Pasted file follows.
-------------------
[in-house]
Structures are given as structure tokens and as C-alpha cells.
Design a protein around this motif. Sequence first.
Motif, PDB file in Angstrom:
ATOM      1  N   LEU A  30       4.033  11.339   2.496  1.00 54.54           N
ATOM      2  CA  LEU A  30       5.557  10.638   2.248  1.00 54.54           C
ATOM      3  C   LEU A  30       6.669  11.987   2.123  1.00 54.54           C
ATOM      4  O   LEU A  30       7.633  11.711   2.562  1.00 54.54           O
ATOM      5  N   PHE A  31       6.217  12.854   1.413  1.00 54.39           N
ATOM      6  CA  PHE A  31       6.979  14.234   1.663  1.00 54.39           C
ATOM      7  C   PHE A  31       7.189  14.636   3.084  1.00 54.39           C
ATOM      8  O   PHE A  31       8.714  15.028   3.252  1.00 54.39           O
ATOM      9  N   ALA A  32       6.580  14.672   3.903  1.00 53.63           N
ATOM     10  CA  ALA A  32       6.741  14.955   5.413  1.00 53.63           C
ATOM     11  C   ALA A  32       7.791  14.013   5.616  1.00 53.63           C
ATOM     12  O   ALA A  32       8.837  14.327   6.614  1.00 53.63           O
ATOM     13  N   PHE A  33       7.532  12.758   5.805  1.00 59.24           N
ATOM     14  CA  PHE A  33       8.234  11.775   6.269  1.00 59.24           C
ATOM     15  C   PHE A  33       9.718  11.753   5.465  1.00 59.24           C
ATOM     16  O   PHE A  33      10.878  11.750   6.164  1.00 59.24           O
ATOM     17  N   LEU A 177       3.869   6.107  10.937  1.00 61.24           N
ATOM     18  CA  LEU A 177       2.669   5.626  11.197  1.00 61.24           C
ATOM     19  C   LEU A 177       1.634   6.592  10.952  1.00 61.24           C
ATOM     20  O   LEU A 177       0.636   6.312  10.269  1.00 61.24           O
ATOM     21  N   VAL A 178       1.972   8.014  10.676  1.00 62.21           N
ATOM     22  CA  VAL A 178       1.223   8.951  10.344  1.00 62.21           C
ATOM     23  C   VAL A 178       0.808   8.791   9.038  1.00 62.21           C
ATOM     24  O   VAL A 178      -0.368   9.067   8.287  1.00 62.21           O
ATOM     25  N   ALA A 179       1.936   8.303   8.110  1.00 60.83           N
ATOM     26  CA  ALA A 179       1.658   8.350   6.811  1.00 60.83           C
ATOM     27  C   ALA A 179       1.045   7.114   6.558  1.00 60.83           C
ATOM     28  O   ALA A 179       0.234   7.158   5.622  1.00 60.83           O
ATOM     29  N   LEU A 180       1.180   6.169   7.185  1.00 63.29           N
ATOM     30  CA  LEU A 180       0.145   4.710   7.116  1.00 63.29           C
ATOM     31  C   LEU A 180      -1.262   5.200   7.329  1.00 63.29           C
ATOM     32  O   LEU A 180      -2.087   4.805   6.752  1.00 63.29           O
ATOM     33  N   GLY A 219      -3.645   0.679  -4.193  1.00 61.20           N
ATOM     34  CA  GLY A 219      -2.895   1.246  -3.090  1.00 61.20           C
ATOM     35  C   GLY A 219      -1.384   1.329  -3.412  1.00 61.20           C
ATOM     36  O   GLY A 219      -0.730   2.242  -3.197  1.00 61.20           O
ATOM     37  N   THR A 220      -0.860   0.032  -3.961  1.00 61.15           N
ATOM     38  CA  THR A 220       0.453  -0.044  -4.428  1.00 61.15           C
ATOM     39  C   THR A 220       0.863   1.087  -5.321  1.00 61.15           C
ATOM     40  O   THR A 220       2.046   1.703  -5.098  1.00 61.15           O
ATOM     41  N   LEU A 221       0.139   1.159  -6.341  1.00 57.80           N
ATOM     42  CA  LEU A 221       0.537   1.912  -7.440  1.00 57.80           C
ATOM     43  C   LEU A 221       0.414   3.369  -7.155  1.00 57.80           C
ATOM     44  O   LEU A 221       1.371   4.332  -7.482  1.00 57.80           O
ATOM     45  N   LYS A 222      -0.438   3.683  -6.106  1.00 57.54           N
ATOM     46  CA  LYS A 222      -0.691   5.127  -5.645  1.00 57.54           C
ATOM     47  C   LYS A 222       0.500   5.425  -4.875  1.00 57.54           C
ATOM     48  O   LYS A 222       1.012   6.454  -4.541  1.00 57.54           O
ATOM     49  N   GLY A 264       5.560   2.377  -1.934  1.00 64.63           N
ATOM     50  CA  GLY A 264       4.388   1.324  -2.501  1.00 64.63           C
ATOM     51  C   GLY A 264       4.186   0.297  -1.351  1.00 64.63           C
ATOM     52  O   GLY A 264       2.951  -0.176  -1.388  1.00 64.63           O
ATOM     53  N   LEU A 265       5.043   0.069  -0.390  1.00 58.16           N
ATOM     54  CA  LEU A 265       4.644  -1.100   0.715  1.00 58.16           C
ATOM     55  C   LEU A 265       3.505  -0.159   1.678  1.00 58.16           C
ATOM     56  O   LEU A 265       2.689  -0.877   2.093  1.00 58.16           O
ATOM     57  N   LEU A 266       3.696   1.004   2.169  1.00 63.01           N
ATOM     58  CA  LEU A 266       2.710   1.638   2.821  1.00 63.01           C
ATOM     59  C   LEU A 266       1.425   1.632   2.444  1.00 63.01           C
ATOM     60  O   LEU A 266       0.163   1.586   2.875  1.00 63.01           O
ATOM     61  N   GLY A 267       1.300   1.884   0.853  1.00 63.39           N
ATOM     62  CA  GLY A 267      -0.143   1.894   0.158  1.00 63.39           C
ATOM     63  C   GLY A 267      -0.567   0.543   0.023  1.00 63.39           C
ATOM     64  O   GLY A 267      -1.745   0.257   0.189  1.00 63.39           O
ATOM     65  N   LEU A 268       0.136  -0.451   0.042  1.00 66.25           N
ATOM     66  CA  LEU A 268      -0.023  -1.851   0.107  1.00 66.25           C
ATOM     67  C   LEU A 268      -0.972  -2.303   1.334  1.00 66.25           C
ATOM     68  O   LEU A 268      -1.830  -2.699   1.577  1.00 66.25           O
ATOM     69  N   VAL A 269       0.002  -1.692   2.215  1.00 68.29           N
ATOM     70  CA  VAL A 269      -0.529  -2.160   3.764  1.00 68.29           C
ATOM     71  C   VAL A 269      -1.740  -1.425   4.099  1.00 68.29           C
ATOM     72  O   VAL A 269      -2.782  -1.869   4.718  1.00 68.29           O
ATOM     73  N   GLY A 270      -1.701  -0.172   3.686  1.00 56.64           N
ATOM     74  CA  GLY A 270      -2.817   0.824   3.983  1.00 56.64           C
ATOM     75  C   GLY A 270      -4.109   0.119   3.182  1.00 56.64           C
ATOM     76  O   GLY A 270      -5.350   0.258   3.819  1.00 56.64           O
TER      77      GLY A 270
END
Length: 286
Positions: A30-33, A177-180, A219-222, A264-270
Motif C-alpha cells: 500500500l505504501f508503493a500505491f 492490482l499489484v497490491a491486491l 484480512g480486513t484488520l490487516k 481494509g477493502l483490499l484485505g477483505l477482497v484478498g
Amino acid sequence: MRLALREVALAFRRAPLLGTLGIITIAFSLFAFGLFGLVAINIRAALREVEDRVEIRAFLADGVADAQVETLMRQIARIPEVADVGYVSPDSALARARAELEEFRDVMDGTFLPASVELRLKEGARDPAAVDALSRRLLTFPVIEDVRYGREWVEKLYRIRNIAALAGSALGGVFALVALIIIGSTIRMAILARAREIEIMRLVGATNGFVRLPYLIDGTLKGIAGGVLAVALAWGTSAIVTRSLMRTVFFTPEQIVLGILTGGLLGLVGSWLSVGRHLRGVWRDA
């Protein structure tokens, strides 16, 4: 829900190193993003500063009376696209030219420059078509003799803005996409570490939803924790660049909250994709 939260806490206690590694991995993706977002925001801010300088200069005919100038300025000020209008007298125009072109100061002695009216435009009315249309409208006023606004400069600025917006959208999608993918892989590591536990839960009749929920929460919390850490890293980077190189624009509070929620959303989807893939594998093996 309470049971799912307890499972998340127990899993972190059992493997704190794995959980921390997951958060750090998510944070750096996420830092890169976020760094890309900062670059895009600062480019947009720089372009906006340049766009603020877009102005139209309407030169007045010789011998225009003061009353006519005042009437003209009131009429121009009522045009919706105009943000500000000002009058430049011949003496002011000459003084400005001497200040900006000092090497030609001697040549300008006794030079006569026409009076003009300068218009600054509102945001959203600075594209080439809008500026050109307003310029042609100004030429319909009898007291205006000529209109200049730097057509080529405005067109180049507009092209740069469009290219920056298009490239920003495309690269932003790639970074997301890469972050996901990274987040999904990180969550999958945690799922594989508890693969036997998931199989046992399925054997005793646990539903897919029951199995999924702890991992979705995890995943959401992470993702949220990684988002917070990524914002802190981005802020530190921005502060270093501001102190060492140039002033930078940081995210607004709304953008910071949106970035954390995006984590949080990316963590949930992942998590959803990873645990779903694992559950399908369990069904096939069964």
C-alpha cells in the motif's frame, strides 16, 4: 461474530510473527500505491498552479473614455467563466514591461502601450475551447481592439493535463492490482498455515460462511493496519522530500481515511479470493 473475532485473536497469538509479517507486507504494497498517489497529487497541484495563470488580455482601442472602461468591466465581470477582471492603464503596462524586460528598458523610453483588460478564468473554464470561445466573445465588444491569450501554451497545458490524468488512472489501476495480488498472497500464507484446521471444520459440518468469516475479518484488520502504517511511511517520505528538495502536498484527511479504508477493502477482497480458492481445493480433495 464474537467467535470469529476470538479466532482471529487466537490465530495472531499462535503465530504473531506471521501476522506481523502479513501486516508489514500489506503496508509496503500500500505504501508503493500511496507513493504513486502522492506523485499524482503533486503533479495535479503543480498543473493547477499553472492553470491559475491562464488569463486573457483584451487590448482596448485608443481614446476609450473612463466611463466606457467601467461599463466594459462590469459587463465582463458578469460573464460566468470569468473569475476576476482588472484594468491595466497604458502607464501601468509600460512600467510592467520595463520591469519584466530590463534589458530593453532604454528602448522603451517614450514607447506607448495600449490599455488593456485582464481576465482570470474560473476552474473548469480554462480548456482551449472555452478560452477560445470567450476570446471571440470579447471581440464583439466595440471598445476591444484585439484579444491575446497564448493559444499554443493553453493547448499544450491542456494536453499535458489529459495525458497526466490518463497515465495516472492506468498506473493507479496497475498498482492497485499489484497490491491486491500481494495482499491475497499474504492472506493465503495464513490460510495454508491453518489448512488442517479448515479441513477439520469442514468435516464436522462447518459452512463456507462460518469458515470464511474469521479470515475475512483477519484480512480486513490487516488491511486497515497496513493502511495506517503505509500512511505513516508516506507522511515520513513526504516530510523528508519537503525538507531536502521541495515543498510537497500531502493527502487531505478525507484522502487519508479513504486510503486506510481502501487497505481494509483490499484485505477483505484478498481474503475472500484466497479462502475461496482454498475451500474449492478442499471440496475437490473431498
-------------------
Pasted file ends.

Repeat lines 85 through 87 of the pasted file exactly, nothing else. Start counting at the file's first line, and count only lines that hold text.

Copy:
Motif C-alpha cells: 500500500l505504501f508503493a500505491f 492490482l499489484v497490491a491486491l 484480512g480486513t484488520l490487516k 481494509g477493502l483490499l484485505g477483505l477482497v484478498g
Amino acid sequence: MRLALREVALAFRRAPLLGTLGIITIAFSLFAFGLFGLVAINIRAALREVEDRVEIRAFLADGVADAQVETLMRQIARIPEVADVGYVSPDSALARARAELEEFRDVMDGTFLPASVELRLKEGARDPAAVDALSRRLLTFPVIEDVRYGREWVEKLYRIRNIAALAGSALGGVFALVALIIIGSTIRMAILARAREIEIMRLVGATNGFVRLPYLIDGTLKGIAGGVLAVALAWGTSAIVTRSLMRTVFFTPEQIVLGILTGGLLGLVGSWLSVGRHLRGVWRDA
């Protein structure tokens, strides 16, 4: 829900190193993003500063009376696209030219420059078509003799803005996409570490939803924790660049909250994709 939260806490206690590694991995993706977002925001801010300088200069005919100038300025000020209008007298125009072109100061002695009216435009009315249309409208006023606004400069600025917006959208999608993918892989590591536990839960009749929920929460919390850490890293980077190189624009509070929620959303989807893939594998093996 309470049971799912307890499972998340127990899993972190059992493997704190794995959980921390997951958060750090998510944070750096996420830092890169976020760094890309900062670059895009600062480019947009720089372009906006340049766009603020877009102005139209309407030169007045010789011998225009003061009353006519005042009437003209009131009429121009009522045009919706105009943000500000000002009058430049011949003496002011000459003084400005001497200040900006000092090497030609001697040549300008006794030079006569026409009076003009300068218009600054509102945001959203600075594209080439809008500026050109307003310029042609100004030429319909009898007291205006000529209109200049730097057509080529405005067109180049507009092209740069469009290219920056298009490239920003495309690269932003790639970074997301890469972050996901990274987040999904990180969550999958945690799922594989508890693969036997998931199989046992399925054997005793646990539903897919029951199995999924702890991992979705995890995943959401992470993702949220990684988002917070990524914002802190981005802020530190921005502060270093501001102190060492140039002033930078940081995210607004709304953008910071949106970035954390995006984590949080990316963590949930992942998590959803990873645990779903694992559950399908369990069904096939069964």